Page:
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A Salute to Forest City Enterprises

Honor Award

June 1, 2005  

Awardees

2013 Turner Construction Company
2012 Urban Land Institute
2011 Celebrating our Past, Building our Future
2010 A Salute to Civic Innovators
2009 A Salute to Visionaries in Sustainability
2008 The Associated General Contractors of America
2007 Related
2006 Clark Construction Group, LLC
2005 Forest City Enterprises
2004 General Services Administration
2003 Major League Baseball and The National Football League
2002 DuPont
2001 Michael D. Eisner and The Walt Disney Company
2000 Gerald D. Hines
1999 Harold W. McGraw, Jr., Harold McGraw III and The McGraw-Hill Companies
1998 Stephen and Riley Bechtel and The Bechtel Group
1997 Community Builders of Washington, D.C.:
Morris Cafritz, Charles E. Smith, Charles A. Horsky, and Oliver T. Carr, Jr.
1996 Cindy and Jay Pritzker
1995 Lady Bird Johnson
1994 James A. Johnson and Fannie Mae
1993 J. Carter Brown
1992 The Civic Leadership of Greater Pittsburgh
1991 The Rockefeller Family
1990 IBM Corporation
1989 Senator Daniel Patrick Moynihan
1988 James W. Rouse
1986 J. Irwin Miller

The National Building Museum presented its prestigious annual Honor Award for 2005 to Forest City Enterprises, in recognition of the firm’s long history of investment in and revitalization of America’s urban centers, growing dedication to sensitive planning and sustainable development, and vital role in creating affordable housing.

Forest City Enterprises accepted the award on June 1, 2005, at a festive black-tie gala in the National Building Museum’s historic Great Hall. More than 1,000 cultural, corporate, political, and building industry leaders were in attendance, with proceeds supporting the Museum’s exhibitions and programs.

“This is a very great honor for Forest City. Our company has had the pleasure of working with partners with both the desire and the expertise to collaborate with us in our urban market strategy. Together we have carried out our vision of planned sustainable communities and commercial development. It is humbling to be recognized for our work by such a prestigious institution,” said Charles A. Ratner, president and chief executive office, Forest City Enterprises, Inc.

Bestowed annually since 1986, the National Building Museum's Honor Award recognizes outstanding individuals and companies who have made significant contributions in the fields of architecture, planning, construction, and building. Forest City Enterprises will be the 19th recipient. “As the company’s many awards and accolades testify, Forest City is making a positive impact in communities across America through its development and revitalization initiatives,” said Chase Rynd, executive director of the National Building Museum. “The National Building Museum is pleased to salute Forest City for its leadership in this arena.”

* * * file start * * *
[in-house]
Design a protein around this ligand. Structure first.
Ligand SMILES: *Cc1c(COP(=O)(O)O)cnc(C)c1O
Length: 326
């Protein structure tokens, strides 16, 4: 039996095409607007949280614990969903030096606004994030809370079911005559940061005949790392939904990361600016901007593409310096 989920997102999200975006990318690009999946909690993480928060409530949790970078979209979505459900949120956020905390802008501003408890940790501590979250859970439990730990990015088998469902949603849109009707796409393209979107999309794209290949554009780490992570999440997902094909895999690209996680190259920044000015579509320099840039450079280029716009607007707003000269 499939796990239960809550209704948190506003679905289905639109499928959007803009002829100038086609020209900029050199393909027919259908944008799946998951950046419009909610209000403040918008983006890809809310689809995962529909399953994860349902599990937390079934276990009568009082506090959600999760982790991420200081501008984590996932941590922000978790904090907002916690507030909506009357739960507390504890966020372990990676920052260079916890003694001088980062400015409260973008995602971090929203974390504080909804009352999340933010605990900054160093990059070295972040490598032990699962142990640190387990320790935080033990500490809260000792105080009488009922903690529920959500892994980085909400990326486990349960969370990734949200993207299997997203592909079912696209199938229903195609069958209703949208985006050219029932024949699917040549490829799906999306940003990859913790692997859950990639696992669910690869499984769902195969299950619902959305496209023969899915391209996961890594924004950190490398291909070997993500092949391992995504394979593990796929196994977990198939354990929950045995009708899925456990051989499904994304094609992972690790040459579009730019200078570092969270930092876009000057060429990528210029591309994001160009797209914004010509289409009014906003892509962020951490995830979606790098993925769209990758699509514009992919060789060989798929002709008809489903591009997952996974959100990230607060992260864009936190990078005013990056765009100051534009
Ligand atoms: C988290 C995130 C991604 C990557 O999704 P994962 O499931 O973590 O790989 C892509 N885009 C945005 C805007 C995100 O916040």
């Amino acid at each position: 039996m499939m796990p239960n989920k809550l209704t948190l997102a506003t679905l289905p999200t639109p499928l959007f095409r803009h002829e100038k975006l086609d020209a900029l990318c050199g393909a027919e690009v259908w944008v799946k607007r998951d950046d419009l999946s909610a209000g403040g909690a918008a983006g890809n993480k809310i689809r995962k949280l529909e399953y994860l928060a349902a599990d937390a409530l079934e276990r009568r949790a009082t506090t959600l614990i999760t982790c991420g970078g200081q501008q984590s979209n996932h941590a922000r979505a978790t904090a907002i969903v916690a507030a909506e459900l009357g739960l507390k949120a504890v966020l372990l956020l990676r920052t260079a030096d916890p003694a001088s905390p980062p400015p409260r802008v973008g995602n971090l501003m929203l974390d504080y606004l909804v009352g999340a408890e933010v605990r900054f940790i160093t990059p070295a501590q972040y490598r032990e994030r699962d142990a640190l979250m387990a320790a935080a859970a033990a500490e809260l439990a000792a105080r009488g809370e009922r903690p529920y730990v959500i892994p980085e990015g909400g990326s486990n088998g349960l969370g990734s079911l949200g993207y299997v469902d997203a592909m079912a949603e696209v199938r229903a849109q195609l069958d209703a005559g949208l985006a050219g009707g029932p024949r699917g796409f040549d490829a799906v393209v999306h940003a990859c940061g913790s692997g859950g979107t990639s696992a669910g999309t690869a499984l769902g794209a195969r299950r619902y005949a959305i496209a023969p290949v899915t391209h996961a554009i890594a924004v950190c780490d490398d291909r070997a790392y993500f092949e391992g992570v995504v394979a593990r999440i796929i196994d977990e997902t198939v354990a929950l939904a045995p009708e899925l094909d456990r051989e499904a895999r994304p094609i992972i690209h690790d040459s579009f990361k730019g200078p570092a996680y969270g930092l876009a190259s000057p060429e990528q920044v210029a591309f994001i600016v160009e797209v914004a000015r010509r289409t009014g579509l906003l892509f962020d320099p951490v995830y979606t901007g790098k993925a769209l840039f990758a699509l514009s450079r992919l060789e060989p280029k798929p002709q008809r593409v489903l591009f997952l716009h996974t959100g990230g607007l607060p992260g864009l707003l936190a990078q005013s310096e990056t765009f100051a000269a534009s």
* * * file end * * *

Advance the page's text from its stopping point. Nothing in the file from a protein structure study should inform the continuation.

Through its work across the county, Forest City has prided itself on community involvement and public partnerships, ensuring that new development respects local interests and cultural traditions. The company’s projects have been praised for enhancing the urban experience while meeting rigorous environmental standards. Valuing the importance of quality design, Forest City has worked with many recognized architects, including Frank Gehry and Renzo Piano. Forest City has also exercised leadership in making housing affordable for more Americans, incorporating substantial numbers of low- and moderate-income apartments and houses in projects ranging from coast to coast. The efforts of Forest City can be found across the United States in California, Colorado, Massachusetts, New York, Ohio, Virginia, and Washington, D.C., among other locations.

In Cleveland, Ohio, Forest City’s revitalization of Tower City Center in the late 1980s and early 90s is widely regarded as the catalyst for the rebirth of the city’s downtown. Preserving the buildings’ cultural significance, Forest City implemented a mixed-use urban revitalization, historic preservation, and adaptive re-use strategy with award-winning results. Forest City’s plan for University Park at the Massachusetts Institute of Technology received awards from the Urban Land Institute and the Bruner Foundation for its rich urban character. The once decaying and neglected area in Cambridge is now flourishing with biomedical technology firms, residents, tourists, and school children in a high-quality urban environment that offers low- and moderate-income housing and has created more than 3,000 new jobs. In Colorado, Forest City worked in concert with the City of Denver, the Stapleton Development Corporation, the Stapleton Citizens Advisory Board, the Stapleton Foundation, the Denver community, and countless other groups to create a plan for the development of Denver’s former Stapleton Airport that reflected local interests and needs. The projected-25-year-transformation of the former airport to a viable community is underway and has already been lauded for its combination of urban renewal, innovation, and sustainability through awards from the United Nations Council on Sustainable Development, the Mayors Business Council, the University of Colorado, the King of Sweden, and others.

Forest City’s successful projects serve as outstanding examples of how strategic development, planning and partnerships, combined with a commitment to sustainability, community-building, quality design, and civic responsibility, can produce livable, thriving communities that benefit their citizens.